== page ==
Stephen Wilkes‘ “Day to Night” series captures the day-to-night transitions that occur in familiar cityscapes. Each image represents a collection of moments, not just a singular moment in time. About 50 photographs out of around 1,500 shots taken over the course of 12-15 hours comprise each single resulting photograph. During his shoots, Wilkes doesn’t allow himself bathroom breaks and when he eats, he eats meals brought to him in a bucket because it’s imperative that the photographer pay careful attention to the emptiness or potential overlaps of each shot. Wilkes’ composite photographs document movements within the same space from sunrise to sunset, each image capturing the transitions these spaces undergo on a daily basis.
For Time, Wilkes offers a descriptive caption of many images. Of his Wrigley Field photograph he explains, “This photograph was taken during the course of a Day/Night double header, a rare occurrence these days in major league baseball. Wrigley Field is the Grand Temple of baseball parks. It will change dramatically within the next year, as large jumbotrons will be installed into the stadium, forever changing this view. While the morning was sunny and clear, the afternoon made for a real challenge photographically. We had rain showers on and off throughout the day, and into the evening.”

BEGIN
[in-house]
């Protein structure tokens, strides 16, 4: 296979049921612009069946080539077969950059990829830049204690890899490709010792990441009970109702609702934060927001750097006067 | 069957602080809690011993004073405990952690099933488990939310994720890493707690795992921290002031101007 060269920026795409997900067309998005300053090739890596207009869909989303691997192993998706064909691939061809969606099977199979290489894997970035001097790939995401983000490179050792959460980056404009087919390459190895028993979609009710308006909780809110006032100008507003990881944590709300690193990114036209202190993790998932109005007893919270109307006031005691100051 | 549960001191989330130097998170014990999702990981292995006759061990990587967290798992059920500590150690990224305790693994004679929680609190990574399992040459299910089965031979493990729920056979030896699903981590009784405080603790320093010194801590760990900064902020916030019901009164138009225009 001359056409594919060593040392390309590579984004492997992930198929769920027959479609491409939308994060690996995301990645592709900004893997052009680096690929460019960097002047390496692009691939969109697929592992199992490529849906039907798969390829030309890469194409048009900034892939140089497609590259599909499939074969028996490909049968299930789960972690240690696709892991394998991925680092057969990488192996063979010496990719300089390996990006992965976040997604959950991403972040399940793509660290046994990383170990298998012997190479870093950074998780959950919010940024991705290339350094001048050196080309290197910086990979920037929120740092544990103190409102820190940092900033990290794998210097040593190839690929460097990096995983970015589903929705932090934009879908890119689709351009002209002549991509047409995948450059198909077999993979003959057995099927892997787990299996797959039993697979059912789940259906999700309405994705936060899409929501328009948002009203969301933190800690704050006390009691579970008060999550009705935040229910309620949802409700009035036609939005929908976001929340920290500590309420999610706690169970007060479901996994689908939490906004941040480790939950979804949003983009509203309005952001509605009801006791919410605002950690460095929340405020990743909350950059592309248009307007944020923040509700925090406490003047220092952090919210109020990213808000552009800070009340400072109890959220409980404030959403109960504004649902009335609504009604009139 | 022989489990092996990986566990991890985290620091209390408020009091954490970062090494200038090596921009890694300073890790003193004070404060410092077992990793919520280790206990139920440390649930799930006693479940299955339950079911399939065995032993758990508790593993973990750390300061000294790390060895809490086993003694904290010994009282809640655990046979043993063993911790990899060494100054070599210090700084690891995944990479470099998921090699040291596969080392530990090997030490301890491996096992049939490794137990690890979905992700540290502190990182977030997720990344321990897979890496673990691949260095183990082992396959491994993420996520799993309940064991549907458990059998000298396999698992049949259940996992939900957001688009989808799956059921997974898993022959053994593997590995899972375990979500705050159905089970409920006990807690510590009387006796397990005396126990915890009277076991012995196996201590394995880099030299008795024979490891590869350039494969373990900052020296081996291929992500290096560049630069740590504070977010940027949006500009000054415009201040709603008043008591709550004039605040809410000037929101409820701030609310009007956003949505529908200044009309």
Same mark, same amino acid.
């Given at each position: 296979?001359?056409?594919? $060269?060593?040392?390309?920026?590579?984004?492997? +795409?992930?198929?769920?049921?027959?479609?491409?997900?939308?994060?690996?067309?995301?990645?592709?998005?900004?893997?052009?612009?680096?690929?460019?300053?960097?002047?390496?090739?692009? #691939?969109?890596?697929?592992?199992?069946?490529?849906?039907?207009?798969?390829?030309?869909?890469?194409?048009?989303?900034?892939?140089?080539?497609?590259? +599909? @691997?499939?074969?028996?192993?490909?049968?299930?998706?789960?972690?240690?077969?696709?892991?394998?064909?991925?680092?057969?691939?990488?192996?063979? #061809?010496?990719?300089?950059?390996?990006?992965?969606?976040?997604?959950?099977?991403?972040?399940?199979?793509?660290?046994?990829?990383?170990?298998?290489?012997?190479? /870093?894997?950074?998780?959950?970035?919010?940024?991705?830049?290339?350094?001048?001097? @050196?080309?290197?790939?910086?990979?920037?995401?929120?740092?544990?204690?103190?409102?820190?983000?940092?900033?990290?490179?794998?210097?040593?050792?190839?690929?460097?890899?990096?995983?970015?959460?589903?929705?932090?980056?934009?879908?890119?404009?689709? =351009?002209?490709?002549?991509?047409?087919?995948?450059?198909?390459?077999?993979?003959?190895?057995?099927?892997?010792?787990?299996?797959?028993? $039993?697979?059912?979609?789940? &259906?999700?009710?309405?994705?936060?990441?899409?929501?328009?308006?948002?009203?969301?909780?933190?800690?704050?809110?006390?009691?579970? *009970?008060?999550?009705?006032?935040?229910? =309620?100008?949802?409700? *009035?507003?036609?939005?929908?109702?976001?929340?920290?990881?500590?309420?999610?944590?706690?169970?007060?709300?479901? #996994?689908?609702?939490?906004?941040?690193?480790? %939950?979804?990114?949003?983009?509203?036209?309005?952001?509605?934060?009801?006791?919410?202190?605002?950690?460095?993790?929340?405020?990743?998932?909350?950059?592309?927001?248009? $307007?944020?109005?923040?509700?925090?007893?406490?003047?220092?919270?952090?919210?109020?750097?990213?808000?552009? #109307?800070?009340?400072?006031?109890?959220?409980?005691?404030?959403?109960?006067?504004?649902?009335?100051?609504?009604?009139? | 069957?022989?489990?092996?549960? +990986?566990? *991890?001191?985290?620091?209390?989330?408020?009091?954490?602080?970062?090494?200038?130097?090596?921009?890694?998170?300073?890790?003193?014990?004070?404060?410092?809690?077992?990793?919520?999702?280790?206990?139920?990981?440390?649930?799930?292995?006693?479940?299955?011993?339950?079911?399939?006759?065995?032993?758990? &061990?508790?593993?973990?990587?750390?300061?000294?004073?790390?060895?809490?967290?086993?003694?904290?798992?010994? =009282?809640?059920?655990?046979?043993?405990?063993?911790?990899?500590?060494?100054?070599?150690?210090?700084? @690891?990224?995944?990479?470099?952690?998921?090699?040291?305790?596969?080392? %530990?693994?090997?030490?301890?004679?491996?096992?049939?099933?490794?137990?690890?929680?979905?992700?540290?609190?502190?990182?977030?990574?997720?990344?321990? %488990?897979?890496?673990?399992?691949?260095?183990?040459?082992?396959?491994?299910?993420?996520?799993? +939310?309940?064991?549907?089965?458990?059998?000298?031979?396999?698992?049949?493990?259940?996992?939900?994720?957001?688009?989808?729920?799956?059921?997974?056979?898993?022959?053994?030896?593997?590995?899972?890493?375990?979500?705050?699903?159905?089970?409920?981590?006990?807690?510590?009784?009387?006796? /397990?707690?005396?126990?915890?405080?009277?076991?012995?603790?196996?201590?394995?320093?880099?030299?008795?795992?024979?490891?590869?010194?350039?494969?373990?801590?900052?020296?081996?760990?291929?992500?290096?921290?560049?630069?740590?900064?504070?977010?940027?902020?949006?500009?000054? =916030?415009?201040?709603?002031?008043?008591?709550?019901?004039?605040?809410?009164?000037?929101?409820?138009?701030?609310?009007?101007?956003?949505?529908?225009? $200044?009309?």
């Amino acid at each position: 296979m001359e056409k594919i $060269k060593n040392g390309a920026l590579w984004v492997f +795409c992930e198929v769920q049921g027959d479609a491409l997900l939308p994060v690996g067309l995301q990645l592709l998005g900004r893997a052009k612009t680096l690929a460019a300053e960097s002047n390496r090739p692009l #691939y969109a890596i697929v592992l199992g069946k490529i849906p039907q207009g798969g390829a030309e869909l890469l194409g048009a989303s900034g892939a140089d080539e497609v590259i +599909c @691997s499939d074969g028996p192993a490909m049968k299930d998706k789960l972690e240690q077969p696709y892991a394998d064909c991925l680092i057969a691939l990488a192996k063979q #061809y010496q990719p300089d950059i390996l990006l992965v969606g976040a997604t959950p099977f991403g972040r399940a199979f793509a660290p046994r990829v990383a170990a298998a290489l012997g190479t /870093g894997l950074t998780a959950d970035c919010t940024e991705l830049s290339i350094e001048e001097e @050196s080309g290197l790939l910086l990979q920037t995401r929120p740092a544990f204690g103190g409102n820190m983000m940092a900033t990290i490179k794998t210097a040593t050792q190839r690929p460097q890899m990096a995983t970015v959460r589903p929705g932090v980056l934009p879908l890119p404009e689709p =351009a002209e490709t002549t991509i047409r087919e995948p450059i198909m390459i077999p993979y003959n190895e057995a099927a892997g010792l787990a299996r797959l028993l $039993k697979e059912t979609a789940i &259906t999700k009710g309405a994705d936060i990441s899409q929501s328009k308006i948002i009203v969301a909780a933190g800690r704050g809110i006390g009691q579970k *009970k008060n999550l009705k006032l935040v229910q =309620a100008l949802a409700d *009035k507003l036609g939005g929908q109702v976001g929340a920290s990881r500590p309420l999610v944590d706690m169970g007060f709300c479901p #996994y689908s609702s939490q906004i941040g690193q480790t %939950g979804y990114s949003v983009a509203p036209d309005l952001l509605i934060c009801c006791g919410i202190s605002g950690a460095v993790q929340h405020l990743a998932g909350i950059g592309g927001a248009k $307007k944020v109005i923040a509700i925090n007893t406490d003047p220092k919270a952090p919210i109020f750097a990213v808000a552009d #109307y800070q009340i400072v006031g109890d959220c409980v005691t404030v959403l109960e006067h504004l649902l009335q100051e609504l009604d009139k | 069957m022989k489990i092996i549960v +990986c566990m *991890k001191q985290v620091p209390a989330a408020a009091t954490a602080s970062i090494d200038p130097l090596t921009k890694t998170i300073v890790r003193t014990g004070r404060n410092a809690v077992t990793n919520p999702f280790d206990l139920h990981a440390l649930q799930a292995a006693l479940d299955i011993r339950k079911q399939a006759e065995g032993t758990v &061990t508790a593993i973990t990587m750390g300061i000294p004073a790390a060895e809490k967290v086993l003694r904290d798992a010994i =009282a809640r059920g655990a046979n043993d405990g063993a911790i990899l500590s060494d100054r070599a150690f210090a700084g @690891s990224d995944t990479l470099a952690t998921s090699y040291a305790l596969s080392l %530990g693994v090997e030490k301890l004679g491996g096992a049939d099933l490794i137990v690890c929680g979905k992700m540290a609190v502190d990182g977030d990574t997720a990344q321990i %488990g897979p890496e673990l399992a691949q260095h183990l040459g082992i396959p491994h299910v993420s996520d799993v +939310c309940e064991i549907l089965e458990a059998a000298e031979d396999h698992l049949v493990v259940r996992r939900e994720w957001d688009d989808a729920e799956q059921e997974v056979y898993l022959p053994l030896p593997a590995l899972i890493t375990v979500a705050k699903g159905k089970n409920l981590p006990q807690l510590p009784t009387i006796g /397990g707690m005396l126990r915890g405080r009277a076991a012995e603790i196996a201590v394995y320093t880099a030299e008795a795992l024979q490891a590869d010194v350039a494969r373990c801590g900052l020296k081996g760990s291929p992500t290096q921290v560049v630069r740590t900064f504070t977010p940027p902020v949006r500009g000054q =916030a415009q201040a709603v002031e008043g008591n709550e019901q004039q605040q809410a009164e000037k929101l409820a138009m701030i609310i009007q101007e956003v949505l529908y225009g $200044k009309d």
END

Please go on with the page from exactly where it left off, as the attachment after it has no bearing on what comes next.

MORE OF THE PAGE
Slovenian architecture firm OFIS won an architecture competition for low cost tiny tourist housing with their honeycomb-inspired design. If urban population density keeps rising, which it should and will (fingers crossed), this is the future! Once you’re done with the honeycombs, check out their other projects, they’re wild! (via)
Anoka Faruqee, 2014P-07, Acrylic on linen on panel, 22.5 x 22.5″, 2014
Anoka Faruqee, 2014P-21, Acrylic on linen on panel, 22.5 x 22.5″, 2014
Anoka Faruqee, 2014P-06, Acrylic on linen on panel, 22.5 x 22.5″, 2014
When walking towards a painting by Anoka Faruqee your eyes refuse to settle. Turquoise, formed into an elongated triangular band, is pinched between two golden curves. The turquoise is misbehaving. Instead of sitting still it appears to flex and blend into the yellow. As you get closer the painting changes, and at arm’s length another dramatic shift occurs, the previous turquoise and gold bands of color atomizes into narrow, serpentine, overlapping lines with several more colors, no longer just turquoise and gold. Looking across the room your eyes settle on another painting. This square shaped canvas is a warm gray that seems to dance. Upon closer inspection the pleasantly worked surface transforms into a swirling design of forest green and cherry red lines. Faruqee calls this series of paintings the Moiré series, after the illusion with the same name. The history of Modern art is often told as a race towards extremes, but will that be true of 21st century art? Anoka Faruqee’s work seems to place less emphasis on ‘pureness’ than other abstraction. Faruqee’s work suggests that we can be more complex, and where artists over the past sixty years searched for the strongest statement, maybe our searches will lead in different, more nuanced directions.